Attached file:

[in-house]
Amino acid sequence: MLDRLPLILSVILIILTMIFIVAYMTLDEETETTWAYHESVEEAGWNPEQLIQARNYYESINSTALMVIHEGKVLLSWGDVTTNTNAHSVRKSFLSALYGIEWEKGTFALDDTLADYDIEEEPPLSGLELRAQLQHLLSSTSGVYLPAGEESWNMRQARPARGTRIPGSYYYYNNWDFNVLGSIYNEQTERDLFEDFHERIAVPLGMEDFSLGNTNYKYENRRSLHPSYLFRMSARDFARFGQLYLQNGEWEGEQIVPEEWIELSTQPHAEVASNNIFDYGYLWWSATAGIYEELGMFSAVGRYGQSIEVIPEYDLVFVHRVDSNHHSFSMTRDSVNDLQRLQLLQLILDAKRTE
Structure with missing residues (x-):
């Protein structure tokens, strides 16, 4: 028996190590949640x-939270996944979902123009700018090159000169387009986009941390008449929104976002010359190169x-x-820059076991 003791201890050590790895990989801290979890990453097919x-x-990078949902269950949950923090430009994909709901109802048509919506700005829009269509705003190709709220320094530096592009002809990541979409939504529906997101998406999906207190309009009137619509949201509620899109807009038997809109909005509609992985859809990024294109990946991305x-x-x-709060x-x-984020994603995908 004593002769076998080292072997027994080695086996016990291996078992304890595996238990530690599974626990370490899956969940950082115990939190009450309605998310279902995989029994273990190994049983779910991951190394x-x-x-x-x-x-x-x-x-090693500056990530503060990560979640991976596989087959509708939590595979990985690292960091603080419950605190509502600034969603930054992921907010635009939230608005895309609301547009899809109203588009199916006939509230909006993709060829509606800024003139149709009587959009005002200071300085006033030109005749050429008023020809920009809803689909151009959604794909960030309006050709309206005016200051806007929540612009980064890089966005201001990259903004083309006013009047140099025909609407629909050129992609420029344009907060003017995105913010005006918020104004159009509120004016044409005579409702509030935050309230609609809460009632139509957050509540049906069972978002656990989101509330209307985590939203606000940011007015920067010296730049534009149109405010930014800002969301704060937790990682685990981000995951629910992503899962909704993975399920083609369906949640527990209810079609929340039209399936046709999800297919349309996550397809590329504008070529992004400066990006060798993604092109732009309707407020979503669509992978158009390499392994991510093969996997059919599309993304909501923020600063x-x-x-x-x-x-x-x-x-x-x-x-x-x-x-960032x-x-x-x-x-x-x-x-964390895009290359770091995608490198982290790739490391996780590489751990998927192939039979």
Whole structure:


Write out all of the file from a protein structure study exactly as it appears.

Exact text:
[in-house]
Amino acid sequence: MLDRLPLILSVILIILTMIFIVAYMTLDEETETTWAYHESVEEAGWNPEQLIQARNYYESINSTALMVIHEGKVLLSWGDVTTNTNAHSVRKSFLSALYGIEWEKGTFALDDTLADYDIEEEPPLSGLELRAQLQHLLSSTSGVYLPAGEESWNMRQARPARGTRIPGSYYYYNNWDFNVLGSIYNEQTERDLFEDFHERIAVPLGMEDFSLGNTNYKYENRRSLHPSYLFRMSARDFARFGQLYLQNGEWEGEQIVPEEWIELSTQPHAEVASNNIFDYGYLWWSATAGIYEELGMFSAVGRYGQSIEVIPEYDLVFVHRVDSNHHSFSMTRDSVNDLQRLQLLQLILDAKRTE
Structure with missing residues (x-):
């Protein structure tokens, strides 16, 4: 028996190590949640x-939270996944979902123009700018090159000169387009986009941390008449929104976002010359190169x-x-820059076991 003791201890050590790895990989801290979890990453097919x-x-990078949902269950949950923090430009994909709901109802048509919506700005829009269509705003190709709220320094530096592009002809990541979409939504529906997101998406999906207190309009009137619509949201509620899109807009038997809109909005509609992985859809990024294109990946991305x-x-x-709060x-x-984020994603995908 004593002769076998080292072997027994080695086996016990291996078992304890595996238990530690599974626990370490899956969940950082115990939190009450309605998310279902995989029994273990190994049983779910991951190394x-x-x-x-x-x-x-x-x-090693500056990530503060990560979640991976596989087959509708939590595979990985690292960091603080419950605190509502600034969603930054992921907010635009939230608005895309609301547009899809109203588009199916006939509230909006993709060829509606800024003139149709009587959009005002200071300085006033030109005749050429008023020809920009809803689909151009959604794909960030309006050709309206005016200051806007929540612009980064890089966005201001990259903004083309006013009047140099025909609407629909050129992609420029344009907060003017995105913010005006918020104004159009509120004016044409005579409702509030935050309230609609809460009632139509957050509540049906069972978002656990989101509330209307985590939203606000940011007015920067010296730049534009149109405010930014800002969301704060937790990682685990981000995951629910992503899962909704993975399920083609369906949640527990209810079609929340039209399936046709999800297919349309996550397809590329504008070529992004400066990006060798993604092109732009309707407020979503669509992978158009390499392994991510093969996997059919599309993304909501923020600063x-x-x-x-x-x-x-x-x-x-x-x-x-x-x-960032x-x-x-x-x-x-x-x-964390895009290359770091995608490198982290790739490391996780590489751990998927192939039979």
Whole structure: